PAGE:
Monday, May 28, 2012

Doctor Who And The Silurians
                Even as early as this second serial starring Jon Pertwee there was a concentrated effort to give Doctor Who a somewhat more topical edge. The program always reveled almost in it's efforts to make it's low budget rubber monsters and blue screen effects seem as genuine as possible. No one ever intended it to come off as exploitative. And this is a good example of an episode that managed to accomplish melding that low budget flavor with that flare for social and scientific commentary pretty successfully. It also began the tradition of the third doctor era of serials often being six or seven parts in nature. I've heard this was due to writers strikes at the BBC and such that limited the amount of stories they had for a season. And the programs seventh season,Pertwee's first on the show was in fact incredibly short with only four mostly very long serials. Even though one of them is not yet available,these are all excellent stories and all key contributions to the world of Doctor Who.


              What happens here is that underground workers for an experimental nuclear power facility are beginning to exhibit paranoid behavior,one even bought to making cave drawings on the walls of his hospital room. UNIT are bought in to investigate including the Brigadier, Sgt. Benton,Liz Shaw and the Doctor. The projects Director Lawrence tries to block the investigation at every turn. And pretty soon even his closest allies such as Dr.Quinn begin to experience trouble and Quinn is eventually killed. Why? As the doctor discovers during his investigation it's by an advanced underground race called the Silurians,who lived during that era of Earth's history. They miscalculated a planetary disaster and awoke from hibernation still believe the Earth to be there's. While the doctor is convinced the Silurians can be reasoned with the Brigadier and Lawrence are caught between destroying the creatures for safety reasons and Lawrence using them to gain access to their superior technology.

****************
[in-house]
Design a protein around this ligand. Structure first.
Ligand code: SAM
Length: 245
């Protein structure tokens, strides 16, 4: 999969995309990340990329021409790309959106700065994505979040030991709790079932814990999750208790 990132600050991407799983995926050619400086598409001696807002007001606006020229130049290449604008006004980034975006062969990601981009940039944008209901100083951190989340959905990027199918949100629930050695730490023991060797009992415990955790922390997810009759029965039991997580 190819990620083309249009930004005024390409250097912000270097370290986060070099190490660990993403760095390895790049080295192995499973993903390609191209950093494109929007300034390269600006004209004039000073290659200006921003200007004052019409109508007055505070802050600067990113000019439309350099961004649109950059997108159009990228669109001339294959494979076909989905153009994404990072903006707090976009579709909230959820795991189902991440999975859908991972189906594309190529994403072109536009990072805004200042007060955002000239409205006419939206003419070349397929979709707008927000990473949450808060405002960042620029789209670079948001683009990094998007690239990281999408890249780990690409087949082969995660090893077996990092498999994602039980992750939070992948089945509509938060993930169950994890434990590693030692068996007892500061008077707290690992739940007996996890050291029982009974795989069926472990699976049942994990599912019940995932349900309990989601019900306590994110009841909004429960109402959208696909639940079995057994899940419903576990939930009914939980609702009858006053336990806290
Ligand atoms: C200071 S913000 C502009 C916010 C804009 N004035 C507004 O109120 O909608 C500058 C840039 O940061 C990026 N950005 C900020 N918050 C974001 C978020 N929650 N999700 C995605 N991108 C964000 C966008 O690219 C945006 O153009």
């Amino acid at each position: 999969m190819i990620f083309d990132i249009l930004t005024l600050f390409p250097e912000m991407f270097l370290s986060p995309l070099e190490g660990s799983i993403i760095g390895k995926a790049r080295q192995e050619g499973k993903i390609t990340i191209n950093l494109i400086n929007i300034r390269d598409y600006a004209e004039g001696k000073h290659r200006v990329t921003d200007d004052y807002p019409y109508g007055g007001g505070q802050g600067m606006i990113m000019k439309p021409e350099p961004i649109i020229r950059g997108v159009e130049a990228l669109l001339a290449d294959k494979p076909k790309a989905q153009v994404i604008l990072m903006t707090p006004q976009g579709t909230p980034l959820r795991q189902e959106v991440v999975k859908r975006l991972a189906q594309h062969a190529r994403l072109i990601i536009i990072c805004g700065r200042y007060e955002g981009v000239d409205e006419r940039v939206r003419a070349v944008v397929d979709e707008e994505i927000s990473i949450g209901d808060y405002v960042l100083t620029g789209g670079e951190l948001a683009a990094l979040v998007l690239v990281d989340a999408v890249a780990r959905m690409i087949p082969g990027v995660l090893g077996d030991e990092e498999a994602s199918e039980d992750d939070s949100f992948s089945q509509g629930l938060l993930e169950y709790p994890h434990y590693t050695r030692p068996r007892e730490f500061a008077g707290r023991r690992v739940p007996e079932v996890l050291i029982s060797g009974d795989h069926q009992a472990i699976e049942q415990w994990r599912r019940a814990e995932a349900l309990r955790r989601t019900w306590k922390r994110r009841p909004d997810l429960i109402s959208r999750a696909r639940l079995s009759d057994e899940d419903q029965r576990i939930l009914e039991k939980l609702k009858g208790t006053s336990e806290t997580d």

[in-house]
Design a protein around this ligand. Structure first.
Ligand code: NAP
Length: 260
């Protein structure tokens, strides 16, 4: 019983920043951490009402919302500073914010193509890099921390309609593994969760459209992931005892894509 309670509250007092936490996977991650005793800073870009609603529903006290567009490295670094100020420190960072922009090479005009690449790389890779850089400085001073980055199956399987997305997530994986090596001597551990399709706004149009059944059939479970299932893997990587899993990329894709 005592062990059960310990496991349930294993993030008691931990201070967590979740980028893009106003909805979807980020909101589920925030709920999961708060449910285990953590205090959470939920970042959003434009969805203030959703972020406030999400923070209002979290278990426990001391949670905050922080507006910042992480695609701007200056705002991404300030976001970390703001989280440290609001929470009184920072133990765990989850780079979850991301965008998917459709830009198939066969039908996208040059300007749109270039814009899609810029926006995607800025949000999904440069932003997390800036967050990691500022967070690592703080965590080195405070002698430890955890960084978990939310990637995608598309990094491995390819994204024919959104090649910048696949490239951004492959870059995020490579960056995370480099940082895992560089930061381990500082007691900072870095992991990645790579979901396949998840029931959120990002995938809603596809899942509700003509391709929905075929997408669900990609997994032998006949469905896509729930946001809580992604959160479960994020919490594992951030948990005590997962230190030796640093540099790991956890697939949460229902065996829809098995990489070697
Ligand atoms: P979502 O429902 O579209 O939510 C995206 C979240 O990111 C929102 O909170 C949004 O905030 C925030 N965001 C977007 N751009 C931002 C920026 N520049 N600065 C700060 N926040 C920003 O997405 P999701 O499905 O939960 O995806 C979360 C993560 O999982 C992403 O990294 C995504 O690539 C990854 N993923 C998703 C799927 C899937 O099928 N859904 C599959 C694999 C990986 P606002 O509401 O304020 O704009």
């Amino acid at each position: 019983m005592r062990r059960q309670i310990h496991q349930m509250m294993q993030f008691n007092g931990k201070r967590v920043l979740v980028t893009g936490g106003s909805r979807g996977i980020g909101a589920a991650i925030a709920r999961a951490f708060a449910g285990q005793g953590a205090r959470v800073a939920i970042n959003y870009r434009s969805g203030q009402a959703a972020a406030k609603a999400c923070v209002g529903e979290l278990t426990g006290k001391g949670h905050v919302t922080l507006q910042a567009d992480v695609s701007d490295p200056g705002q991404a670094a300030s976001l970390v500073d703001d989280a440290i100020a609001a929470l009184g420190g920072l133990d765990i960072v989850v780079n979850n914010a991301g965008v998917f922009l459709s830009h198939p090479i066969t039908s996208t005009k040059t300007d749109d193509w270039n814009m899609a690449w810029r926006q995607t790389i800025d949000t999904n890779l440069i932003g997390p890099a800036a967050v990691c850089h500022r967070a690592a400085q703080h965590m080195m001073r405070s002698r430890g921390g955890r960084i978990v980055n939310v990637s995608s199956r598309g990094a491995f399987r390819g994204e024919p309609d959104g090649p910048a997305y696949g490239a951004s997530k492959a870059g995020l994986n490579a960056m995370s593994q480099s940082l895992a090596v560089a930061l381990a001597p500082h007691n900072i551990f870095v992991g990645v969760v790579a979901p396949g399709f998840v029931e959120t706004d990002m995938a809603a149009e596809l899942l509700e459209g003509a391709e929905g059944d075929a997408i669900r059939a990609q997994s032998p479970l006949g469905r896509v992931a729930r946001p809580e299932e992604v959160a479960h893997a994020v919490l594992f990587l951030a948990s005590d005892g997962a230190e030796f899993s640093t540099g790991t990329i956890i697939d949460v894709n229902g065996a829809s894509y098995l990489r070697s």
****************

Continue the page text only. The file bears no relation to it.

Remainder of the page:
The Silurians become aware of this,capture members of both UNIT and the project,and eventually conclude that humans have become an infestation on their world to be wiped out. So they develop a fast acting viral infection that,once released via a released prisoner,begins to cause an epidemic on the surface. As members of UNIT,the project and even the general public begin to die from this biological warfare agent the tensions even between Director Lawrence,UNIT and the public comes to a fevered pitch. The doctor and Liz Shaw race for a cure but by the time they finally find it, the Silurians have murdered their own leader due to his acceptance of the Doctors suggestion they learn to live with humans who they few as invading primates. In the end the Brigadier ends up being forced to answer to higher powers as the Doctor and Liz are forced to watch the Silurian race be destroyed by UNIT without any chance of a negotiated peace.



              Personally I find a consistent theme,particularly in the Jon Pertwee era,of Doctor Who is that of militaristic short sightedness versus scientific reality. It's the age old argument between aggression and reason. Even though the third doctor and the Brigadier are depicted as being very much at odds in terms of opinion in these early years,you can sense Lethbridge-Stewart is often the man caught in the middle. He inherently trusts the doctors judgement but being a career military man ends up always having to act out his strong sense of duty.  In the end it's the balanced personality of Liz Shaw who often provides the voice of reason. Considering the doctor is perceived as a lunatic by many self centered humans and the Brigadier as a naive meddler.  Themes of sociopolitical inefficiency,biological warfare as well as racial prejudice and fear abound in this story. The Silurians are depicted as an advanced but confused race,some willing to exist peaceably with Earth's new inhabitants with others willing to kill for their dominance. These elements taken together are part of what make this such a compelling story.
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